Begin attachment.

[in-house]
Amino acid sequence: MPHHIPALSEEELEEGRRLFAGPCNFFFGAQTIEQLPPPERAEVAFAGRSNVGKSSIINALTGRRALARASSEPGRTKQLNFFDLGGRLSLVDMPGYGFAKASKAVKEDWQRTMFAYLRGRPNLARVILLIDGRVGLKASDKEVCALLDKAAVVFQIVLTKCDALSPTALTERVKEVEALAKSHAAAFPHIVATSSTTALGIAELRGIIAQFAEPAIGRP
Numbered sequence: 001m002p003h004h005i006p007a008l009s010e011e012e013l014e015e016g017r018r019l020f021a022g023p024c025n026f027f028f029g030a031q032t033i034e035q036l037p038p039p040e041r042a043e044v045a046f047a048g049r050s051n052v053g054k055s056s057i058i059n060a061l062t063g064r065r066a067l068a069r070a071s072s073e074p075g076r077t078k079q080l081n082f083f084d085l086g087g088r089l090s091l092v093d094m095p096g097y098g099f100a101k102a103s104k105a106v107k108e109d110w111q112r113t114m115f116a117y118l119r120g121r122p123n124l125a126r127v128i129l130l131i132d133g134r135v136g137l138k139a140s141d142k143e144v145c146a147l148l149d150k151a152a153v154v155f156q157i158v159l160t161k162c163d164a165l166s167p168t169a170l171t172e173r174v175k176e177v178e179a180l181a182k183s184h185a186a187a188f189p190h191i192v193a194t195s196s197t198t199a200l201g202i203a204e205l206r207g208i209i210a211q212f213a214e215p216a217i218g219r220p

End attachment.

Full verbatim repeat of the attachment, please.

[in-house]
Amino acid sequence: MPHHIPALSEEELEEGRRLFAGPCNFFFGAQTIEQLPPPERAEVAFAGRSNVGKSSIINALTGRRALARASSEPGRTKQLNFFDLGGRLSLVDMPGYGFAKASKAVKEDWQRTMFAYLRGRPNLARVILLIDGRVGLKASDKEVCALLDKAAVVFQIVLTKCDALSPTALTERVKEVEALAKSHAAAFPHIVATSSTTALGIAELRGIIAQFAEPAIGRP
Numbered sequence: 001m002p003h004h005i006p007a008l009s010e011e012e013l014e015e016g017r018r019l020f021a022g023p024c025n026f027f028f029g030a031q032t033i034e035q036l037p038p039p040e041r042a043e044v045a046f047a048g049r050s051n052v053g054k055s056s057i058i059n060a061l062t063g064r065r066a067l068a069r070a071s072s073e074p075g076r077t078k079q080l081n082f083f084d085l086g087g088r089l090s091l092v093d094m095p096g097y098g099f100a101k102a103s104k105a106v107k108e109d110w111q112r113t114m115f116a117y118l119r120g121r122p123n124l125a126r127v128i129l130l131i132d133g134r135v136g137l138k139a140s141d142k143e144v145c146a147l148l149d150k151a152a153v154v155f156q157i158v159l160t161k162c163d164a165l166s167p168t169a170l171t172e173r174v175k176e177v178e179a180l181a182k183s184h185a186a187a188f189p190h191i192v193a194t195s196s197t198t199a200l201g202i203a204e205l206r207g208i209i210a211q212f213a214e215p216a217i218g219r220p